The following is brought to you in association with our friends at Halfords.
Whether you’re tired of sitting in traffic or just fancy getting some exercise on the way to work, then a commuter bike is an easy solution to both problems. Commuter bikes will allow you to beat the jams, get your heart rate up and save some serious cash, so here’s our guide to choosing the right one for you.
Of course through the CV19 pandemic, commuting by bike was also the perfect way to socially distance yourself from others, whilst doing your bit to keep cars off the road.
What is a commuter bike?
Pretty much any bike that you ride to work can be classed as a commuter bike, but there are a few models out there that are designed specifically for people who cycle in urban areas, potentially do some of the journey on public transport, or riders who have bags, briefcases or a spare change of clothes that need to be factored in. Some of our best-selling commuter bikes include:
Folding Bikes: Using innovative design and engineering, folding bikes do exactly that, going from fully-functioning commuter bikes to an easy-to-store shape that can be hidden under a desk or stowed in the luggage section on the bus or train. Folding bikes often feature light, reduced-size frames and wheels to keep the overall weight of the bike down, but may still retain normal height seats and handlebars to remain comfortable to ride.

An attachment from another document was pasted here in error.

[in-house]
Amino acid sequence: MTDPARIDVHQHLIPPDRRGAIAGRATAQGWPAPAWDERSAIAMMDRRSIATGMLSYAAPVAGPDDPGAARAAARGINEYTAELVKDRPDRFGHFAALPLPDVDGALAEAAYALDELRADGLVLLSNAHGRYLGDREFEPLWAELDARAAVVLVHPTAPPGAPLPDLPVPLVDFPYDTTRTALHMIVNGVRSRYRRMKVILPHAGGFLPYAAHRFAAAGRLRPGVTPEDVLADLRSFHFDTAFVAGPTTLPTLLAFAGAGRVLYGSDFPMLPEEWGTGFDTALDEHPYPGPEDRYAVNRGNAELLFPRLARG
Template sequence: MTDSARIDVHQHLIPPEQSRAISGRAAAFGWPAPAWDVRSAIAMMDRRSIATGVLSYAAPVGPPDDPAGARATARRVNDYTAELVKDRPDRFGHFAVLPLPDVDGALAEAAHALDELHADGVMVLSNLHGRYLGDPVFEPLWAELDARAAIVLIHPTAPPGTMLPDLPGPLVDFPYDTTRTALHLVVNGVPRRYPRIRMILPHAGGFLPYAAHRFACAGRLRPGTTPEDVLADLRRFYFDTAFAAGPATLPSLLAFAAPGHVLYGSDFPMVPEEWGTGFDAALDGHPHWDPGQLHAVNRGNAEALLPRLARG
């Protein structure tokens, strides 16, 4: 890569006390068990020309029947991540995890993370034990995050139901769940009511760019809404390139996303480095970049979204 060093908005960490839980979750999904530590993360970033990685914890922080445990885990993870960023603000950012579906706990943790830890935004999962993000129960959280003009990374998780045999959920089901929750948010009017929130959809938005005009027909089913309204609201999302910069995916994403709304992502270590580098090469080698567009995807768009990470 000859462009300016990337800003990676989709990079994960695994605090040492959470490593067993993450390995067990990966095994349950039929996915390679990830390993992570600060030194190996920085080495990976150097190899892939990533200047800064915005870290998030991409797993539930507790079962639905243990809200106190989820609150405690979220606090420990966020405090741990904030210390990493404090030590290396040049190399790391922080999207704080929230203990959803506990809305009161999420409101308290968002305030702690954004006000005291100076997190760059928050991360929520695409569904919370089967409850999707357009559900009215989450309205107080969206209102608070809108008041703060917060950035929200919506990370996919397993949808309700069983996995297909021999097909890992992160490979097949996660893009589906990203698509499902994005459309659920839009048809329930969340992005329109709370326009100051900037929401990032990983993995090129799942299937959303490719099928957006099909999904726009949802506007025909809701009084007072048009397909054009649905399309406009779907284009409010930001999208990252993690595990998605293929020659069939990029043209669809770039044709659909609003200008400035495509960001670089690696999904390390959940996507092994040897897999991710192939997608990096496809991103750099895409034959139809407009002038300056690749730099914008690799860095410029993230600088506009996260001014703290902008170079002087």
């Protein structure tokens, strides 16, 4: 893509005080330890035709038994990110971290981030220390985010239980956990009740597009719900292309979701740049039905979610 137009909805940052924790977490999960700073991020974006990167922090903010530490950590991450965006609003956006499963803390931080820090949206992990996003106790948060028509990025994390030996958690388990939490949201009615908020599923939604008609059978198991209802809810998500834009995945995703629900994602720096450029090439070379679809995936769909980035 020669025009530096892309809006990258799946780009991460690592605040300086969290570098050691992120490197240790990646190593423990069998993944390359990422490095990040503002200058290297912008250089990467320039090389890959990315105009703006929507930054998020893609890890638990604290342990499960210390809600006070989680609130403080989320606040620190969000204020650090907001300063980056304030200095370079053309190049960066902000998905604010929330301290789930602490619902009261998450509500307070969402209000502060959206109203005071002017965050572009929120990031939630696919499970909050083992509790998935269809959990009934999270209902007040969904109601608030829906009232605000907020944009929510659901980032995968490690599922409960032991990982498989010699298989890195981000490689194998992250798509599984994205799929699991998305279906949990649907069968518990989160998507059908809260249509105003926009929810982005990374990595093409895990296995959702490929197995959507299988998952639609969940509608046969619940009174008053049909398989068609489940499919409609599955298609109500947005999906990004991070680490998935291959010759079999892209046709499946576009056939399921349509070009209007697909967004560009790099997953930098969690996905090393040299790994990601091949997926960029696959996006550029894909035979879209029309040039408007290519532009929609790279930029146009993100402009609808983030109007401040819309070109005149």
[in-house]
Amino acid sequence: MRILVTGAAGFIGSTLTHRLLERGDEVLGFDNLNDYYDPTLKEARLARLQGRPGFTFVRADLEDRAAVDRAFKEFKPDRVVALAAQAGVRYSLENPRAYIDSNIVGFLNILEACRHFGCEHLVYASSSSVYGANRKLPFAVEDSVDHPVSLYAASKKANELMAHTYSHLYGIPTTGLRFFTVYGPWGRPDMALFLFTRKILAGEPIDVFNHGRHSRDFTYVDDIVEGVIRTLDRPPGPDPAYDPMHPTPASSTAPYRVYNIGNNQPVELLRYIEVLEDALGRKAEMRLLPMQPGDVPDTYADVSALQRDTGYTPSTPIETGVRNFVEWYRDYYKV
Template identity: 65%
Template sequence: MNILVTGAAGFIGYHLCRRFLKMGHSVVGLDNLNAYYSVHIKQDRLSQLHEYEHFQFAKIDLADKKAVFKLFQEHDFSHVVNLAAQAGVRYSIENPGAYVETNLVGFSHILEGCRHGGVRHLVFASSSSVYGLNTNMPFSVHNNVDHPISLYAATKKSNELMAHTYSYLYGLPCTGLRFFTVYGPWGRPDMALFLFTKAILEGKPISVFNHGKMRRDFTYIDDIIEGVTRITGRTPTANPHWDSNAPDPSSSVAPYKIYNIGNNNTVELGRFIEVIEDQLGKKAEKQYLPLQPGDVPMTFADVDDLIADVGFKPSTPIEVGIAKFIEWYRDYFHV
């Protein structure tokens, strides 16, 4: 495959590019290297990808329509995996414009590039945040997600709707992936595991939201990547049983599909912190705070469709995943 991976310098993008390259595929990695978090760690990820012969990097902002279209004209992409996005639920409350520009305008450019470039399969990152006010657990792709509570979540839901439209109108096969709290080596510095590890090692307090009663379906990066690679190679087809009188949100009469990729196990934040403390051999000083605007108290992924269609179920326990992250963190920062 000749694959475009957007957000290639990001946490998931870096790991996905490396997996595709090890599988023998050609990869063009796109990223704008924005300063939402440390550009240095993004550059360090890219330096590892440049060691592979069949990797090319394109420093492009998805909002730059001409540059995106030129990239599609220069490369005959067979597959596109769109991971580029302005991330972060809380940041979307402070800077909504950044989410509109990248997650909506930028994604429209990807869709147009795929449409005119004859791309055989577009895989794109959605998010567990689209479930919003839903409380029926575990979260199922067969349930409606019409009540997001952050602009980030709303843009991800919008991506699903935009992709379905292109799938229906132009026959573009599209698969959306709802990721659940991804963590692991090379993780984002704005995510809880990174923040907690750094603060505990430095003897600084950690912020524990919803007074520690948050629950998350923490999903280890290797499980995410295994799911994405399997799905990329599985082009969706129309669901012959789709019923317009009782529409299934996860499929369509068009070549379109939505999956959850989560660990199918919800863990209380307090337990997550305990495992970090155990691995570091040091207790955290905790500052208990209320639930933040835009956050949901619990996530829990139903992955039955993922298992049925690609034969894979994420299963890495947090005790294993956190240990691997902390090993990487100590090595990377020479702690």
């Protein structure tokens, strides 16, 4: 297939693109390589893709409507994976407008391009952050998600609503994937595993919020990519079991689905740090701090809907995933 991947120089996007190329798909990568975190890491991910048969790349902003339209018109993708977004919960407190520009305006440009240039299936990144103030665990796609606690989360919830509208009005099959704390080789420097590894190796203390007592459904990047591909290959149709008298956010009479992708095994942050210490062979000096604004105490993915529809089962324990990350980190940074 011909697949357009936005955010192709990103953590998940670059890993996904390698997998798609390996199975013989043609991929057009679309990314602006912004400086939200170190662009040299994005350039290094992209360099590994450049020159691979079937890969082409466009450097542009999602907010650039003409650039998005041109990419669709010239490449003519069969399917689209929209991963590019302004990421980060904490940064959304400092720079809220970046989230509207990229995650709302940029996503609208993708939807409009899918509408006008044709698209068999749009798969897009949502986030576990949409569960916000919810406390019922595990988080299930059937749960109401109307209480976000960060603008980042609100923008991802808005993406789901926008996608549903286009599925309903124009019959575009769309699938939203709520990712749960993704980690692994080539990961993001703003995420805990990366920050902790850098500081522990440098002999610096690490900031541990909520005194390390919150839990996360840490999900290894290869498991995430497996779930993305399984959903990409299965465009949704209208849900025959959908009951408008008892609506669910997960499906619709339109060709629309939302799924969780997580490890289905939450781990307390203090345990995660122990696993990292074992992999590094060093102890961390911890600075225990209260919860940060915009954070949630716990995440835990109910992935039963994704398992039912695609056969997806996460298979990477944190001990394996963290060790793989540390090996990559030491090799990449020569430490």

Hybrid bikes are particularly popular with commuters thanks to the fact that they borrow aspects from both road and mountain bikes, making them comfortable to ride on the way to work, but still capable of handling a muddy path on leisure rides.
Road and Mountain Bikes: Road and mountain bikes are more suited to specific terrains. Road bikes like to stay … well … on the road. They are lightweight and perfect for ripping up the tarmac. Mountain bikes are designed to be used on less stable terrain, so if part of your route is off road a mountain bike may be a good solution.
Electric Bikes: E-bikes are becoming very popular for commuters thanks to the “assisted pedalling” feature that comes with having a battery and motor attached to your bike. This is especially handy on hills, with the motor doing all the hard work for you as you pedal. This means you can ride harder and longer at evenings and weekends, but it also means you can have an effort-free commute if there are a few hills between you and the office.
Commuter bike features
Weight: If you’re cycling to work, you’ll likely need to store your bike at both the office and at home. If this involves carrying it upstairs, storing it in a bike shed or locker or taking it on a bus or train, then you’ll be thankful for a bike that is light to carry.
Folding: Again, if you don’t have a great deal of space at each end of your commute or need to factor in public transport, then a folding bike may be the best choice.
Bags and panniers: If you take a laptop to work or need a rain jacket at hand to keep your clothes dry, then you might want to get a bike with a rear rack or panniers. These options are more comfortable than a backpack and they’re stored nicely out of the way on the wheels, so they won’t affect the bike’s centre of gravity.